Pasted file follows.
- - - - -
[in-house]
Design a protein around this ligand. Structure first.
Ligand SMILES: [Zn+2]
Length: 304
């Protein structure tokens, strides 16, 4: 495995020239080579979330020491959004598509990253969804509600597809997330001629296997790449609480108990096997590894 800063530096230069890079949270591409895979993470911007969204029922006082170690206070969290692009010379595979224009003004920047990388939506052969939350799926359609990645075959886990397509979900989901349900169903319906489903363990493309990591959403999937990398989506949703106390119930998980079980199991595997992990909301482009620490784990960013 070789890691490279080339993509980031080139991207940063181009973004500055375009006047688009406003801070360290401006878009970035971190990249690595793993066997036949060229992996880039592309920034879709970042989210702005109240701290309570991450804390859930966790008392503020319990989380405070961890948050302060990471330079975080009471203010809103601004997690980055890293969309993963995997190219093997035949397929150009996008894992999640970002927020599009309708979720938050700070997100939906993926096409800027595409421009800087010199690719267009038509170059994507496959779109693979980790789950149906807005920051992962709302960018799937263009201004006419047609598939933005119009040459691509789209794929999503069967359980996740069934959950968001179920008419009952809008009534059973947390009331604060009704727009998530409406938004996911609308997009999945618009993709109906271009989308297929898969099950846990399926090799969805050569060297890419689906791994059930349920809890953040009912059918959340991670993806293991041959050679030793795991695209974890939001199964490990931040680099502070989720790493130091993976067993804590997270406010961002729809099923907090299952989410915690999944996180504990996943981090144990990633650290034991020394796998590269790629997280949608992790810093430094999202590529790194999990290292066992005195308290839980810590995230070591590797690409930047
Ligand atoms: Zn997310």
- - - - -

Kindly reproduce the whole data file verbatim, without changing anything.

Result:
[in-house]
Design a protein around this ligand. Structure first.
Ligand SMILES: [Zn+2]
Length: 304
């Protein structure tokens, strides 16, 4: 495995020239080579979330020491959004598509990253969804509600597809997330001629296997790449609480108990096997590894 800063530096230069890079949270591409895979993470911007969204029922006082170690206070969290692009010379595979224009003004920047990388939506052969939350799926359609990645075959886990397509979900989901349900169903319906489903363990493309990591959403999937990398989506949703106390119930998980079980199991595997992990909301482009620490784990960013 070789890691490279080339993509980031080139991207940063181009973004500055375009006047688009406003801070360290401006878009970035971190990249690595793993066997036949060229992996880039592309920034879709970042989210702005109240701290309570991450804390859930966790008392503020319990989380405070961890948050302060990471330079975080009471203010809103601004997690980055890293969309993963995997190219093997035949397929150009996008894992999640970002927020599009309708979720938050700070997100939906993926096409800027595409421009800087010199690719267009038509170059994507496959779109693979980790789950149906807005920051992962709302960018799937263009201004006419047609598939933005119009040459691509789209794929999503069967359980996740069934959950968001179920008419009952809008009534059973947390009331604060009704727009998530409406938004996911609308997009999945618009993709109906271009989308297929898969099950846990399926090799969805050569060297890419689906791994059930349920809890953040009912059918959340991670993806293991041959050679030793795991695209974890939001199964490990931040680099502070989720790493130091993976067993804590997270406010961002729809099923907090299952989410915690999944996180504990996943981090144990990633650290034991020394796998590269790629997280949608992790810093430094999202590529790194999990290292066992005195308290839980810590995230070591590797690409930047
Ligand atoms: Zn997310």